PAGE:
Unlike western tradition where nudity and anything with sexual undertones was immoral and banned by the Catholic Church, ancient Japanese tradition was more liberal on the subject of nudity. Early sumo wrestlers wore loincloths that exposed the buttocks more than the outfit we know today does. Both men and women could share communal baths, and topless women were considered a normal sight. However, because of this, it was typical for Japanese paintings to display people with less clothing.

Japanese homes, pillars, and bridges were also built differently, so it’s not difficult to distinguish a Japanese home setting from that of a western on. Plenty of surviving Japanese art tends to focus on the beauty of nature such as the forests, the mountains, and seascapes.

Other features would have to depend on the period the painting was taken in. For example, the Heian period focused a lot on court art and refinement befitting royalty and nobility. The message of each painting was often sublime and based in metaphors, and was more subtle in meaning compared to western art’s bold declaration.

Digital Art of the Modern Age

Aya Kato takes these characteristics and then puts them into digital art. After some resistance against people, who believed digital art wasn’t real art, it is now commonly accepted as a form of new media which creates both art for art’s sake and commercial art.

However, one thing that has always been against digital art is the fact that it is easy for artists to get lost and find their unique style. In a medium used by businesses to create compelling and catchy packaging and advertisements to lure customers, there’s been a pattern of more and more artists giving up their unique style in favor of what they think the public wants, which is often whatever corporations feed the masses.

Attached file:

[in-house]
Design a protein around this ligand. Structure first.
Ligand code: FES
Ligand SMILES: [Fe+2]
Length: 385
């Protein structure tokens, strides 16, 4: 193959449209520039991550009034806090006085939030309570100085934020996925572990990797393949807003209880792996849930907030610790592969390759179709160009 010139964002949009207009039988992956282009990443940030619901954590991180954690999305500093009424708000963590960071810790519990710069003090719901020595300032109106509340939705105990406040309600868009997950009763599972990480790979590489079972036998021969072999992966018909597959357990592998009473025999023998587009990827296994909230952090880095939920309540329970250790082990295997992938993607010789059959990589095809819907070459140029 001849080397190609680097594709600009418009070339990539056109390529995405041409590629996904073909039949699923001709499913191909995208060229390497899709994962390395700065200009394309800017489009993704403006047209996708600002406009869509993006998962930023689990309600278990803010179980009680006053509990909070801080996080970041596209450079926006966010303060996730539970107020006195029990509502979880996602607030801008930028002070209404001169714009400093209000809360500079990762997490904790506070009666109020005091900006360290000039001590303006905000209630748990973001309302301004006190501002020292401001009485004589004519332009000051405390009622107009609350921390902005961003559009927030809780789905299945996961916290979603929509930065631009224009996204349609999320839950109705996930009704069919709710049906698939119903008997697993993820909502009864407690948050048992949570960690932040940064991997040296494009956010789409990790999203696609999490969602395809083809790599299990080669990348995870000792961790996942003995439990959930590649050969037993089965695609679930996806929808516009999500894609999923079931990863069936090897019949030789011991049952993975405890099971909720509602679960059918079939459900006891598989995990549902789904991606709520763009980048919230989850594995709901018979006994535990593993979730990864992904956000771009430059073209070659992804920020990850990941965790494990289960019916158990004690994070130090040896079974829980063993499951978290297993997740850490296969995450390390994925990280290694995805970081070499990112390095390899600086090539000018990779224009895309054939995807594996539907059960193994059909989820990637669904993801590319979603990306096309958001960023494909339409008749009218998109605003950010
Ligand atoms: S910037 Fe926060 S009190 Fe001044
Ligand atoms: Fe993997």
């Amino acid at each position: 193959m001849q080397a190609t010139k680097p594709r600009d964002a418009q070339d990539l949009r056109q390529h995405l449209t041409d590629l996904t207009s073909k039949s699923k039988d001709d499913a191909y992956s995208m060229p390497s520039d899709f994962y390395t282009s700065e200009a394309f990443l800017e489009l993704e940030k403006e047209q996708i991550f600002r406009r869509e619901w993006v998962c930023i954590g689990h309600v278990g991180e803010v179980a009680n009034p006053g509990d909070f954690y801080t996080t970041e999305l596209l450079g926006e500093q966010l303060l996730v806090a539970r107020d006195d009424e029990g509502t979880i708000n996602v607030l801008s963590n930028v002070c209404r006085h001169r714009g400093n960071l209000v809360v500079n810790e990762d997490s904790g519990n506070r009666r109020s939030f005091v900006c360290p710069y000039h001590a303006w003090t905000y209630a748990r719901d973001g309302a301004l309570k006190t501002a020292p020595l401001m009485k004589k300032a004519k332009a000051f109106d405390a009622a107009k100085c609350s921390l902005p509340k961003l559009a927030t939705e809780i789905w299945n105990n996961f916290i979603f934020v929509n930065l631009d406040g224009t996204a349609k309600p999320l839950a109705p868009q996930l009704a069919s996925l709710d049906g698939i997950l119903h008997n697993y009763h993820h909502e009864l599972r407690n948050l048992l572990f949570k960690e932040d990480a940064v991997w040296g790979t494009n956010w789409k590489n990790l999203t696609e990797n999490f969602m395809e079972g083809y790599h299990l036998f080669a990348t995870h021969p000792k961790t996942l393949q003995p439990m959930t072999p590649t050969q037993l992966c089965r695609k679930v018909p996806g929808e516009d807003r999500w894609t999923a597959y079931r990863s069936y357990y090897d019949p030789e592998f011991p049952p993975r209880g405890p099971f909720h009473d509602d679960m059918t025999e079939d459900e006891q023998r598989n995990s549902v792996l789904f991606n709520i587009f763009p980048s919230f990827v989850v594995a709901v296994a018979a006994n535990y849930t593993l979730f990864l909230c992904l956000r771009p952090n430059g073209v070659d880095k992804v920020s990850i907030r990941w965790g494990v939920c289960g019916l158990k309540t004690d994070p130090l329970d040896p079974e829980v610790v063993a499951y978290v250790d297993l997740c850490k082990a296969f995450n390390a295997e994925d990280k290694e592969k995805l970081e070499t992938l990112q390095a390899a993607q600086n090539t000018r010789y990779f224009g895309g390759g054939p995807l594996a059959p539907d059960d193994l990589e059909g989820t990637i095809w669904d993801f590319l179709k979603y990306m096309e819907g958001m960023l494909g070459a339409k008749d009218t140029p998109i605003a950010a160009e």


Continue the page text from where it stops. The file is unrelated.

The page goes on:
From 2003 until 2012 (or at least, as far as her online portfolio goes), Aya Kato stays true to her style and, no matter the subject she draws, creates art that really reminds you of Japanese culture. From the lines, to the color, to the subject matter, most of her work reminds you of old Japan, but with a twist.

Sometimes it means brighter colors that ancient Japanese artists couldn’t have worked with in the past. Sometimes, it could also mean turning a concrete object into an almost abstract design. And looking at her work amidst a sea of minimalist, neutral-toned colors, is refreshing.

Samples of Aya Kato’s Work

Just take a look at some of Aya Kato’s masterpieces to truly understand the talent her work exudes.

Mermaid (on a shirt c/o Beautiful/Decay)

In 2006, Aya Kato worked with Beautiful/Decay to come up “Mermaid.” The shirt, as she describes is, shows “two mermaid figures in a surreal surrounding that is both about and below water at the same time.”

GelaSkins Phone and Laptop Cases


Bringing her work both to your screen and behind your screen, Aya Kato’s designer gadget cases are made in Canada and feature original artwork with that modern Japanese feel.

Hanamahoro 2019

Having designed the chocolate boxes of Saganoya chocolates from 2006 to 2008, Aya Kato continues her art through Hanamahoro chocolates in the present.

I’ve come to enjoy looking at Aya Kato’s work. Whether it’s on commercial products or on the internet, seeing her art is a breath of fresh air, having seen so many similar artworks. Her style is unique, her talent in putting traditional Japanese art into modern media is evident, and I’m excited to see what her next big project will be.